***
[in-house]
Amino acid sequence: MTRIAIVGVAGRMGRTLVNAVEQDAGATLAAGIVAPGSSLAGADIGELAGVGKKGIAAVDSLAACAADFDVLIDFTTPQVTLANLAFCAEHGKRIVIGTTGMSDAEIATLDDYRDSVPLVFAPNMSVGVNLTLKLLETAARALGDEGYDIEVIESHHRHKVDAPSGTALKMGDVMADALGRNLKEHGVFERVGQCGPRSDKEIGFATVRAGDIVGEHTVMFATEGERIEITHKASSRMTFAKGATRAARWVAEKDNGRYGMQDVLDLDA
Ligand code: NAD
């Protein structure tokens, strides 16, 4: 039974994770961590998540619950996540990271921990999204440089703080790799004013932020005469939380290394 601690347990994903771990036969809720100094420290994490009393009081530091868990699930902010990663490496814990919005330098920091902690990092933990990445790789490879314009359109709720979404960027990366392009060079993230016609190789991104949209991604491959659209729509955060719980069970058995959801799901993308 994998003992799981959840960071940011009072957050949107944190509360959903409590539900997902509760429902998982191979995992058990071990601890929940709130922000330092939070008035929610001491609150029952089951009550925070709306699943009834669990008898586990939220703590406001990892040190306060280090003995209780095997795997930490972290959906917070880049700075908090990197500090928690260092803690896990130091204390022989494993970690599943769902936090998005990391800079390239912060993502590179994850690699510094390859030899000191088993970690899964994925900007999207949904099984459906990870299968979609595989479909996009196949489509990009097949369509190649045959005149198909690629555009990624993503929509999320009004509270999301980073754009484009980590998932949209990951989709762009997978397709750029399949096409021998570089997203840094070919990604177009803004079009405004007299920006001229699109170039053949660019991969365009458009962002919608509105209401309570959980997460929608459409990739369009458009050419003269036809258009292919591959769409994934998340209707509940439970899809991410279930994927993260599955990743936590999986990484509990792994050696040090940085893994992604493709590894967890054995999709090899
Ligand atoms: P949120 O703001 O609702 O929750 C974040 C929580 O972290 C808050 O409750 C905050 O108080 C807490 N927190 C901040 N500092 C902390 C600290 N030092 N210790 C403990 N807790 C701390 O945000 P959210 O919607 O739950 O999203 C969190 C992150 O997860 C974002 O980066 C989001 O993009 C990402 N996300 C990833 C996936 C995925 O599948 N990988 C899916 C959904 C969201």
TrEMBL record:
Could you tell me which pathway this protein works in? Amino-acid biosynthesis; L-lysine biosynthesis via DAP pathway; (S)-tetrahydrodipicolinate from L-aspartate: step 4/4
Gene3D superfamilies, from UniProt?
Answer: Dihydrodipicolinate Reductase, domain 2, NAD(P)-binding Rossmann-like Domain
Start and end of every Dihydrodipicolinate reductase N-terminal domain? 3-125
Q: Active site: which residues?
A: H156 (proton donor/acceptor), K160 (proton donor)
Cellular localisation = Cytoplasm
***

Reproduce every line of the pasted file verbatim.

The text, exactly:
[in-house]
Amino acid sequence: MTRIAIVGVAGRMGRTLVNAVEQDAGATLAAGIVAPGSSLAGADIGELAGVGKKGIAAVDSLAACAADFDVLIDFTTPQVTLANLAFCAEHGKRIVIGTTGMSDAEIATLDDYRDSVPLVFAPNMSVGVNLTLKLLETAARALGDEGYDIEVIESHHRHKVDAPSGTALKMGDVMADALGRNLKEHGVFERVGQCGPRSDKEIGFATVRAGDIVGEHTVMFATEGERIEITHKASSRMTFAKGATRAARWVAEKDNGRYGMQDVLDLDA
Ligand code: NAD
């Protein structure tokens, strides 16, 4: 039974994770961590998540619950996540990271921990999204440089703080790799004013932020005469939380290394 601690347990994903771990036969809720100094420290994490009393009081530091868990699930902010990663490496814990919005330098920091902690990092933990990445790789490879314009359109709720979404960027990366392009060079993230016609190789991104949209991604491959659209729509955060719980069970058995959801799901993308 994998003992799981959840960071940011009072957050949107944190509360959903409590539900997902509760429902998982191979995992058990071990601890929940709130922000330092939070008035929610001491609150029952089951009550925070709306699943009834669990008898586990939220703590406001990892040190306060280090003995209780095997795997930490972290959906917070880049700075908090990197500090928690260092803690896990130091204390022989494993970690599943769902936090998005990391800079390239912060993502590179994850690699510094390859030899000191088993970690899964994925900007999207949904099984459906990870299968979609595989479909996009196949489509990009097949369509190649045959005149198909690629555009990624993503929509999320009004509270999301980073754009484009980590998932949209990951989709762009997978397709750029399949096409021998570089997203840094070919990604177009803004079009405004007299920006001229699109170039053949660019991969365009458009962002919608509105209401309570959980997460929608459409990739369009458009050419003269036809258009292919591959769409994934998340209707509940439970899809991410279930994927993260599955990743936590999986990484509990792994050696040090940085893994992604493709590894967890054995999709090899
Ligand atoms: P949120 O703001 O609702 O929750 C974040 C929580 O972290 C808050 O409750 C905050 O108080 C807490 N927190 C901040 N500092 C902390 C600290 N030092 N210790 C403990 N807790 C701390 O945000 P959210 O919607 O739950 O999203 C969190 C992150 O997860 C974002 O980066 C989001 O993009 C990402 N996300 C990833 C996936 C995925 O599948 N990988 C899916 C959904 C969201």
TrEMBL record:
Could you tell me which pathway this protein works in? Amino-acid biosynthesis; L-lysine biosynthesis via DAP pathway; (S)-tetrahydrodipicolinate from L-aspartate: step 4/4
Gene3D superfamilies, from UniProt?
Answer: Dihydrodipicolinate Reductase, domain 2, NAD(P)-binding Rossmann-like Domain
Start and end of every Dihydrodipicolinate reductase N-terminal domain? 3-125
Q: Active site: which residues?
A: H156 (proton donor/acceptor), K160 (proton donor)
Cellular localisation = Cytoplasm